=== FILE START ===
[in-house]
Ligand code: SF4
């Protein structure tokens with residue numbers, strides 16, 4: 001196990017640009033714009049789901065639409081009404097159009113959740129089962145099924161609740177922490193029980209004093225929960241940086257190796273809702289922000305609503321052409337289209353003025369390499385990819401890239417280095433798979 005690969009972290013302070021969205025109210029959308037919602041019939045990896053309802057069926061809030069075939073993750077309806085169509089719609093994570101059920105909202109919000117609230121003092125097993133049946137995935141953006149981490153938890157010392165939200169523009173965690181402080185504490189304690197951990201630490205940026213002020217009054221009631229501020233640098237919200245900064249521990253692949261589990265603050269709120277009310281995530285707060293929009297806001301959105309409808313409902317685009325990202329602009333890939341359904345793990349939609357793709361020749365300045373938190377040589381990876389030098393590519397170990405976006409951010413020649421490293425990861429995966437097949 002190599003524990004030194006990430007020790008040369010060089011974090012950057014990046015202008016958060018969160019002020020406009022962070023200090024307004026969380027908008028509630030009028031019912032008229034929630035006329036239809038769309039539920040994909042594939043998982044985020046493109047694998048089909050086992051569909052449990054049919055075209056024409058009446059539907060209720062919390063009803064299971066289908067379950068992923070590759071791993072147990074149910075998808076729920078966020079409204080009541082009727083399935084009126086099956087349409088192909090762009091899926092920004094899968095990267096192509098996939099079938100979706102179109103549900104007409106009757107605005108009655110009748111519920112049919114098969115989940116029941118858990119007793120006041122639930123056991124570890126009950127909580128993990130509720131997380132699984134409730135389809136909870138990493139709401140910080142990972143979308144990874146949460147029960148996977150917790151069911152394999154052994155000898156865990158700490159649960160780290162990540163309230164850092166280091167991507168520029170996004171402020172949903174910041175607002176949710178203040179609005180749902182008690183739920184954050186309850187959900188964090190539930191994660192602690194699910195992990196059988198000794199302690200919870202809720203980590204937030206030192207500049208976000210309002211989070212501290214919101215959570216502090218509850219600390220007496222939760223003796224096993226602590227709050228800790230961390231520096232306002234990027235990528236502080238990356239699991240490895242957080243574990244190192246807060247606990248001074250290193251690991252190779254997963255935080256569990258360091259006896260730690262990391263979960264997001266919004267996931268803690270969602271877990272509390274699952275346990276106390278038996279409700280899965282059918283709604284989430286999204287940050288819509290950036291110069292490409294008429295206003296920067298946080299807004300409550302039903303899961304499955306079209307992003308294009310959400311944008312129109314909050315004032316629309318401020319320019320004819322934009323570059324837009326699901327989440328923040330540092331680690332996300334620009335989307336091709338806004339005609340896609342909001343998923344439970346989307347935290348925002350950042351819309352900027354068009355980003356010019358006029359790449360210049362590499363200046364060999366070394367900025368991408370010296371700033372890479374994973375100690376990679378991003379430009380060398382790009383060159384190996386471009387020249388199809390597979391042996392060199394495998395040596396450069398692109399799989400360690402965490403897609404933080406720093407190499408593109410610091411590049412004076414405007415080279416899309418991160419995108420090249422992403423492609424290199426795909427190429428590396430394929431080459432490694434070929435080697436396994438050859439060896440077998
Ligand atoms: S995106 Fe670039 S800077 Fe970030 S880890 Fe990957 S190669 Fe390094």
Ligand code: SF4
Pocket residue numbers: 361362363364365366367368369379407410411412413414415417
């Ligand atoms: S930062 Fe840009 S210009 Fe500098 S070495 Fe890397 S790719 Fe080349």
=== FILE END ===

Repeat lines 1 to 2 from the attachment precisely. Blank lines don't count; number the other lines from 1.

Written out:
[in-house]
Ligand code: SF4